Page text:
Parents Be Careful What You Say (AKA, Don’t Give Your Power Away)
Have you ever had “one of those weeks”? I have. We all have. Then, you come home and everything your children do and say becomes a source of irritation. Later, you tell your friend (or maybe you even say it to your children), “They were really pushing my buttons.” And there it is, a phrase that gives your parental authority away. “You’re pushing my buttons” gives all your parental power to the person pushing your buttons…your children. It disempowers us and leaves us at the mercy of the “button-pusher.”
A similar phrase with similar results is, “You’re driving me crazy.” Just like “They’re pushing my buttons,” this phrase is often followed by the great “giving in.” “You’re driving me crazy; just do what you want.” “You’re driving me crazy; go ahead and….” After all, no one likes the “drive to crazy.” We all want to get off the road as soon as possible, hopefully in what’s left of our “little oasis of sanity.” Unfortunately, we give away power every time we get to the place of “You’re driving me crazy” and blindly drive right by our desired “oasis of sanity.”
“You’re pushing my buttons” and “you’re driving me crazy” both give away parental authority and place it squarely in the hands of our children. When we make these statements, we have neglected our own power to manage our “buttons” and our “drive.” We have given our power to our children. And, our children know how to use it. Once they know how to “push our buttons” and “drive us crazy” to get what they want, they will do it over and over again.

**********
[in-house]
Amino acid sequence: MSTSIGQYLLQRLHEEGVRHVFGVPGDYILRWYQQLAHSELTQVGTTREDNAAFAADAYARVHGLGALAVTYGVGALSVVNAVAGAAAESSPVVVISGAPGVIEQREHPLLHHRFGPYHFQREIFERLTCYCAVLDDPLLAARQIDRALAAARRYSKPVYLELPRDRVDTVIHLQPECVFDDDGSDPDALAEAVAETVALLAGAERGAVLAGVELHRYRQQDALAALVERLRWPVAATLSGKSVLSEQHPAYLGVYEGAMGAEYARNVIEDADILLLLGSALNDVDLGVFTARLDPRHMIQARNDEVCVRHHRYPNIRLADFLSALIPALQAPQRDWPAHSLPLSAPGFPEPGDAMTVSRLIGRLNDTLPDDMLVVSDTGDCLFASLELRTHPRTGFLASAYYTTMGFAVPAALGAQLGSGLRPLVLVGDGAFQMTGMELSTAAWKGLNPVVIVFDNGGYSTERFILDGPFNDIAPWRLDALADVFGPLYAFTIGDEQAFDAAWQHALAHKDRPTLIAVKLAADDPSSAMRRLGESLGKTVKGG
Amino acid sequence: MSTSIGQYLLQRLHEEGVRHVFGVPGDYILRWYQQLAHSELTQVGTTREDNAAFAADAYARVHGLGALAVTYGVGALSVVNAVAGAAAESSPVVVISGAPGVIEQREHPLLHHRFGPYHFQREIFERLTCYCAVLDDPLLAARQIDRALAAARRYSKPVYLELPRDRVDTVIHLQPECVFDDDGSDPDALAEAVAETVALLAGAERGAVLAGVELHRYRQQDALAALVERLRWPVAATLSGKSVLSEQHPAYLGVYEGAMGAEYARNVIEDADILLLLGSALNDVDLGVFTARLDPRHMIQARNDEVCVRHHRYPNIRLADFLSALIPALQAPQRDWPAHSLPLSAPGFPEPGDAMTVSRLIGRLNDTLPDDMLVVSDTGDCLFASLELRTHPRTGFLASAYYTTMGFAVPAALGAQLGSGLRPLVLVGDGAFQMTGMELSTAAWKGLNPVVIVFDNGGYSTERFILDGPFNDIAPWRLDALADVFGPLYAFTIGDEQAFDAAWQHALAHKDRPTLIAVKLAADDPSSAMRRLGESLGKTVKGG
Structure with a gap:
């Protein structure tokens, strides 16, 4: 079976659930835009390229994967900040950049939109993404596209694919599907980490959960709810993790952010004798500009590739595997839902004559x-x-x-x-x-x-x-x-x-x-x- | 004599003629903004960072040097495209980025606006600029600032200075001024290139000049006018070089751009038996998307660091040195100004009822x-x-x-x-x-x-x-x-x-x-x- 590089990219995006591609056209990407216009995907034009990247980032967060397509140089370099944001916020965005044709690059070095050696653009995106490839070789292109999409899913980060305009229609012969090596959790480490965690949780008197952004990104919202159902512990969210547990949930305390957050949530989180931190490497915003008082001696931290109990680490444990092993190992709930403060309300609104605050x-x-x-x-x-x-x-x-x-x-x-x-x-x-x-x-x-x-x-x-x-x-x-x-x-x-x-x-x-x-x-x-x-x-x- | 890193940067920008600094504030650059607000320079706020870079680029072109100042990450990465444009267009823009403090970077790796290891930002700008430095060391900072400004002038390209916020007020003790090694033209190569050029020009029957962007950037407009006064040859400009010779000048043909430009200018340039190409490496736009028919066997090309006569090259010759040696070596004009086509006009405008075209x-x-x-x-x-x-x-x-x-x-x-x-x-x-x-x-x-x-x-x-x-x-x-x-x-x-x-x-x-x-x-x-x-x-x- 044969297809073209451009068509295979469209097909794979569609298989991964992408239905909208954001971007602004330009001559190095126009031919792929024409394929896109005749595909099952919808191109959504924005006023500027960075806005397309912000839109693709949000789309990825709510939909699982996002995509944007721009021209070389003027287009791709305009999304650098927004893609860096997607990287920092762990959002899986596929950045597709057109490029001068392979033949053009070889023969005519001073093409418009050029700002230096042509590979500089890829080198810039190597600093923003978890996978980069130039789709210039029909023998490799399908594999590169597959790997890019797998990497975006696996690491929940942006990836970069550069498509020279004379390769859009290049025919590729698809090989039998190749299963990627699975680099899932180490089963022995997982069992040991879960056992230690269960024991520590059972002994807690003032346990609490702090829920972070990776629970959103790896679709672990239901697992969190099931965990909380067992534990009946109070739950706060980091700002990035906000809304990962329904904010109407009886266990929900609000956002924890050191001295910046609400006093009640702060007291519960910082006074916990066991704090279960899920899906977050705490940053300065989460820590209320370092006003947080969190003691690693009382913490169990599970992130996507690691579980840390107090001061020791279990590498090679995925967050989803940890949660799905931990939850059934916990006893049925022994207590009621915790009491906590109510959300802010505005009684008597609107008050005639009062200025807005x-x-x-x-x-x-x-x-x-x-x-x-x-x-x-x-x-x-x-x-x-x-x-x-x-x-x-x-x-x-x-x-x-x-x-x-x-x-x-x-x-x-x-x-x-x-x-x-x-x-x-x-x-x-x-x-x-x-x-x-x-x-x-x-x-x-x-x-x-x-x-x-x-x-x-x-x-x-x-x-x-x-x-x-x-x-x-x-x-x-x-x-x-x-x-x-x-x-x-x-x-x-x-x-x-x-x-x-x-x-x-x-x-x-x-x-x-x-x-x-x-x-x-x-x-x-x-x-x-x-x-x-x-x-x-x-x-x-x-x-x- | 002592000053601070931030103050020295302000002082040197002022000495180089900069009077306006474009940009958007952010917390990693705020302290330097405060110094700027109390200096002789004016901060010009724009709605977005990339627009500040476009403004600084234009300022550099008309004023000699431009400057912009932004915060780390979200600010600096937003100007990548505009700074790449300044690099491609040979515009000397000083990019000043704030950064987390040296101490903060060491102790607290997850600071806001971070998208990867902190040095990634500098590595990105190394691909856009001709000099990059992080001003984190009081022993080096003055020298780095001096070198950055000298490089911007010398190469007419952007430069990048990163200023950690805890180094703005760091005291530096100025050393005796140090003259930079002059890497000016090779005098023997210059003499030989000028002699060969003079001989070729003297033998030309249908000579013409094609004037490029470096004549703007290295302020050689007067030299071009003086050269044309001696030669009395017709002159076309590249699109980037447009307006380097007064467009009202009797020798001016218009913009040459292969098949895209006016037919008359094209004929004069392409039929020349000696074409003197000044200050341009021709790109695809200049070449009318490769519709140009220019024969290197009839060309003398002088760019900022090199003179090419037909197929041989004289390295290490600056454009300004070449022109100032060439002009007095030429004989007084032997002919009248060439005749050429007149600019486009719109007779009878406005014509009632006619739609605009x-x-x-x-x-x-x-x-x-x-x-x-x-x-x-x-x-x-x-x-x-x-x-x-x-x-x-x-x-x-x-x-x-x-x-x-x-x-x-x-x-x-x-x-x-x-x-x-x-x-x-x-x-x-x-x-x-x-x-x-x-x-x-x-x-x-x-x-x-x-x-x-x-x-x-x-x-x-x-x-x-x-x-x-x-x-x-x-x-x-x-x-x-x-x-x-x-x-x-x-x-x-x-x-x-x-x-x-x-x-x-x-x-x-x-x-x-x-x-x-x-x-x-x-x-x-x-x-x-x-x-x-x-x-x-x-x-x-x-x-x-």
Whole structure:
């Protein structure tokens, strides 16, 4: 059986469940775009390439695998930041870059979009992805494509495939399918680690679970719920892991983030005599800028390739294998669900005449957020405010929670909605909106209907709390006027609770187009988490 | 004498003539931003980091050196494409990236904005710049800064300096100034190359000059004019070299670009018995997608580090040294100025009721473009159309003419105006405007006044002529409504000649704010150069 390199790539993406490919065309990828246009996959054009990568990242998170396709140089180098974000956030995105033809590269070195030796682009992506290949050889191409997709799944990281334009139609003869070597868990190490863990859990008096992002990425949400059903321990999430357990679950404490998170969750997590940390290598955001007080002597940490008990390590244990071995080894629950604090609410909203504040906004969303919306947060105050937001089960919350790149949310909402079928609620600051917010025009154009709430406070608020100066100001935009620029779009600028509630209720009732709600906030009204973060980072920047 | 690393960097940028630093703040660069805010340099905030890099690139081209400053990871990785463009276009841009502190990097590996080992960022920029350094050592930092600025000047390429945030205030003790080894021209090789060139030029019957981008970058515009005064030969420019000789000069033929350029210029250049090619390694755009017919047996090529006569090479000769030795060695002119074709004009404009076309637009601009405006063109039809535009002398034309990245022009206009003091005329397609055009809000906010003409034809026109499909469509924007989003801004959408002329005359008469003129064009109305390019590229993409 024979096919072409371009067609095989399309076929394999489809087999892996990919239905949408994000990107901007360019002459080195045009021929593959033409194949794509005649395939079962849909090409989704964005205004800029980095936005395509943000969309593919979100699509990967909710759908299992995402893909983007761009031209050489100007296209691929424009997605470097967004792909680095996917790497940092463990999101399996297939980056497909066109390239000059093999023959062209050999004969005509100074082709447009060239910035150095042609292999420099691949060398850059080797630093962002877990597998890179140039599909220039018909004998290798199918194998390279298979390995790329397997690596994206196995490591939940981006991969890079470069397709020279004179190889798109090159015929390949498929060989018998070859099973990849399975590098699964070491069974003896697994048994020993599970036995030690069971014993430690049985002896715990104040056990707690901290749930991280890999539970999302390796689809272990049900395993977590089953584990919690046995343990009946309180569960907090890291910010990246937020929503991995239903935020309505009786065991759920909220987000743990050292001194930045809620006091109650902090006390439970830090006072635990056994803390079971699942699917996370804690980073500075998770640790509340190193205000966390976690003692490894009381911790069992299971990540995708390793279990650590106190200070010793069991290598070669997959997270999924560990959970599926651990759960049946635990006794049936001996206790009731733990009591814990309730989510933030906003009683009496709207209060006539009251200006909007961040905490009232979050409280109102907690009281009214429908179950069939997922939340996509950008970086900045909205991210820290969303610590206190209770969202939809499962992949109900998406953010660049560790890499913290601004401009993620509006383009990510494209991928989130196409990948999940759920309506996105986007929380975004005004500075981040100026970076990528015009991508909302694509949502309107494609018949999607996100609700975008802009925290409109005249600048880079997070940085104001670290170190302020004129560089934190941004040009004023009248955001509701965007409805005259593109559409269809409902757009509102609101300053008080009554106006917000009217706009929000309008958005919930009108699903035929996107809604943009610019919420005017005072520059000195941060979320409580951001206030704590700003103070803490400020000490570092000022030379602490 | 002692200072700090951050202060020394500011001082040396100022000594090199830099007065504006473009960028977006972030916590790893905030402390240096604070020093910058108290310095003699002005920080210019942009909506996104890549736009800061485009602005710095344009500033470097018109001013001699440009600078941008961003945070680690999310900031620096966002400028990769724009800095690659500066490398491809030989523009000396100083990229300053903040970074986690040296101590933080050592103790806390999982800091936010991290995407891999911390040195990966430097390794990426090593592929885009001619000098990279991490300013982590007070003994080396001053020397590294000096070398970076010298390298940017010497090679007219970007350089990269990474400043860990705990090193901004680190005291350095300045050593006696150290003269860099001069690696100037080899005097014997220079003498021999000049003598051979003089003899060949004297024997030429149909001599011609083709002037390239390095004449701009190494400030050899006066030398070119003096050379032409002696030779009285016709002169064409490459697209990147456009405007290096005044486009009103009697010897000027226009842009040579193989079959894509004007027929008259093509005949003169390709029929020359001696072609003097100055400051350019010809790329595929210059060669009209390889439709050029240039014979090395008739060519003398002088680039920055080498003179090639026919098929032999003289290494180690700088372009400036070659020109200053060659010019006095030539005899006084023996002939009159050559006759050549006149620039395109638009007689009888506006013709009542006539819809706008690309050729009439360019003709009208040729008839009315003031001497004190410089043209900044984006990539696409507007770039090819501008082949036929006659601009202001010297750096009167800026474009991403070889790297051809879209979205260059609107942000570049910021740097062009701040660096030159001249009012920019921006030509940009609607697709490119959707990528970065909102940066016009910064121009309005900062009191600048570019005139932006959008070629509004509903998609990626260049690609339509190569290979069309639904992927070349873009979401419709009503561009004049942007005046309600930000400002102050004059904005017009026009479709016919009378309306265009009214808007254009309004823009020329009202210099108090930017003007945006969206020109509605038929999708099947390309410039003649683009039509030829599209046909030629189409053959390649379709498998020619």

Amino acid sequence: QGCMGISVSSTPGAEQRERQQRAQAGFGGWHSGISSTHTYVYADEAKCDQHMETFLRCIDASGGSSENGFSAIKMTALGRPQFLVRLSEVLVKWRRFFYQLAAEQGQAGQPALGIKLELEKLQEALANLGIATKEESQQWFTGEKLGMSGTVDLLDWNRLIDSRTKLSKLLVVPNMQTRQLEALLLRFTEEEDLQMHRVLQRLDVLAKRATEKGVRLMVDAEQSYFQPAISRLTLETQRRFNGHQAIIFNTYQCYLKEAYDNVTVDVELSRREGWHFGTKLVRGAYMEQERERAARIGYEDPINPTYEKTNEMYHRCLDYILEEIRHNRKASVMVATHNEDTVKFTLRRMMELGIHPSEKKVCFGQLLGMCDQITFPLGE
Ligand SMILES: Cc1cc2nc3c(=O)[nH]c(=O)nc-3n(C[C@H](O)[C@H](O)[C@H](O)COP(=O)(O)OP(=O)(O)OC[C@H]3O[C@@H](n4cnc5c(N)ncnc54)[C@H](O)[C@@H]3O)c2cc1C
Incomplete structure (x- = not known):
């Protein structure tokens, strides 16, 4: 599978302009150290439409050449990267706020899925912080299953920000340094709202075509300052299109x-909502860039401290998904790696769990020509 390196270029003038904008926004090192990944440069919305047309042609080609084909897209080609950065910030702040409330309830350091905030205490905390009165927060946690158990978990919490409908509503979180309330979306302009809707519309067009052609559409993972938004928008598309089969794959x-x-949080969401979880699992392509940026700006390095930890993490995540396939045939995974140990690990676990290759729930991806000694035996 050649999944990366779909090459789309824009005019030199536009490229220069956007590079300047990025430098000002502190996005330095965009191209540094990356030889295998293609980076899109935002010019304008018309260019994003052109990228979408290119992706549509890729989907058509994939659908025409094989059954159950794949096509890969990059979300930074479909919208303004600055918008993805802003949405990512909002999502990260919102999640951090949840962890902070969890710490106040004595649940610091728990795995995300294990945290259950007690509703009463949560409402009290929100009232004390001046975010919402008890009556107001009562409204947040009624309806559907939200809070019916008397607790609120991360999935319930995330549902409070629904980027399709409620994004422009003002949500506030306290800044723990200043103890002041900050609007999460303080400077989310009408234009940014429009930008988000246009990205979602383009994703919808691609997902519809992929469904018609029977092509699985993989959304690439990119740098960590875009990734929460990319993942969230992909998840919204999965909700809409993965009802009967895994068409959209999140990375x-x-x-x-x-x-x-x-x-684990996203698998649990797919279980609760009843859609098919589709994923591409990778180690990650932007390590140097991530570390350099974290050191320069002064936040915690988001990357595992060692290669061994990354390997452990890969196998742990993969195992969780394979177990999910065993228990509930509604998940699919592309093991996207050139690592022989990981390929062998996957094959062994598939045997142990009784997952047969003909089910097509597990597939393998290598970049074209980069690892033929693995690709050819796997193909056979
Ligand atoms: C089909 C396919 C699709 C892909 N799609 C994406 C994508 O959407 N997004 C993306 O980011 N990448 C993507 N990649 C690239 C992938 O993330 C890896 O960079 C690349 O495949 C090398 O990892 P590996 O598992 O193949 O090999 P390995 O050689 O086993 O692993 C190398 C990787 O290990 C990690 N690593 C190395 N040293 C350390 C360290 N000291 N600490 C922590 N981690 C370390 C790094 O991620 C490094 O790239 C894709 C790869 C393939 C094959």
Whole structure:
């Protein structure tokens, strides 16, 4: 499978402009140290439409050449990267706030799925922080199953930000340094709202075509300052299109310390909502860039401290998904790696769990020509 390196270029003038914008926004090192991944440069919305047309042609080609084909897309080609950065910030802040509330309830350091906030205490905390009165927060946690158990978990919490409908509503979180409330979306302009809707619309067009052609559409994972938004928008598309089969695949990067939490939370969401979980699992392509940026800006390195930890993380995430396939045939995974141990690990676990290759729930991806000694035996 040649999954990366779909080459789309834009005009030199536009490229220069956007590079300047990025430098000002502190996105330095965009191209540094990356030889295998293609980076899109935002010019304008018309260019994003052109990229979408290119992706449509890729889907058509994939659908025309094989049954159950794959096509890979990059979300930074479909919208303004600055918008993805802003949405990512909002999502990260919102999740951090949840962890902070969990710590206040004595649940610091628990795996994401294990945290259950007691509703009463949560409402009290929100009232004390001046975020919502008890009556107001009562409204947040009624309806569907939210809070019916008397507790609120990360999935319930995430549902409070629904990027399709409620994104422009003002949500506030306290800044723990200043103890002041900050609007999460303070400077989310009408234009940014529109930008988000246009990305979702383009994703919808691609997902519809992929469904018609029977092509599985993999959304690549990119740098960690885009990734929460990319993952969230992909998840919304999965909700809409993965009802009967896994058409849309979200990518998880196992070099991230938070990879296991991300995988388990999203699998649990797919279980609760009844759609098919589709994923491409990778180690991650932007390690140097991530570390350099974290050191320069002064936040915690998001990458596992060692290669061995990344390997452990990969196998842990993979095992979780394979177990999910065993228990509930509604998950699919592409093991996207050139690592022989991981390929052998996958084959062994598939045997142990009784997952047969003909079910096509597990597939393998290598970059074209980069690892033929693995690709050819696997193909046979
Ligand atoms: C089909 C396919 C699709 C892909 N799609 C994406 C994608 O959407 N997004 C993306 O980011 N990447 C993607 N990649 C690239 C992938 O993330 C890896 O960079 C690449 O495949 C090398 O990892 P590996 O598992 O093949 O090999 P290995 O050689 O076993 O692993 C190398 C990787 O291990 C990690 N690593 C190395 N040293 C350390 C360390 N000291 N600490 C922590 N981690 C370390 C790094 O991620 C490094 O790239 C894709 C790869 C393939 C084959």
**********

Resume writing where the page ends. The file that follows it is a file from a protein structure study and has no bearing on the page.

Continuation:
Instead of letting the little munchkins “push your buttons” and “drive you crazy,” step back and take a breath. Soothe your own emotions. Realize that your children are not in control of your emotions, you are. Take control of your emotions. Take a break and collect your emotions and get back on the road to sanity…take charge of your buttons.
After you take control of yourself and our emotions, get curious. Begin to wonder, “what is actually going on”? Give an objective description of the situation and what led up to it. Make sure you have an objective description of what your children are doing, what they are asking for, and how they are asking. And, get curious about why your children are approaching you in this manner. Have you taught them this type of interaction? Have you been feeling tired and so been a little distant lately? Are they tired? Are they going through a phase of demandingness? Get curious and get some answers.
Finally, seek a solution. Stay calm. Set a limit. Give a choice. Make a deal. Any number of options may prove a great solution to the particular situation in which you find yourself. Get curious, be creative, and seek a solution. As you take control of yourself, get curious, and seek a solution you’ll find your children “push your buttons” less often. They won’t be “driving you crazy” so much. You will have a greater parental authority allowing you to lovingly respond to crises, demands, and requests that arise.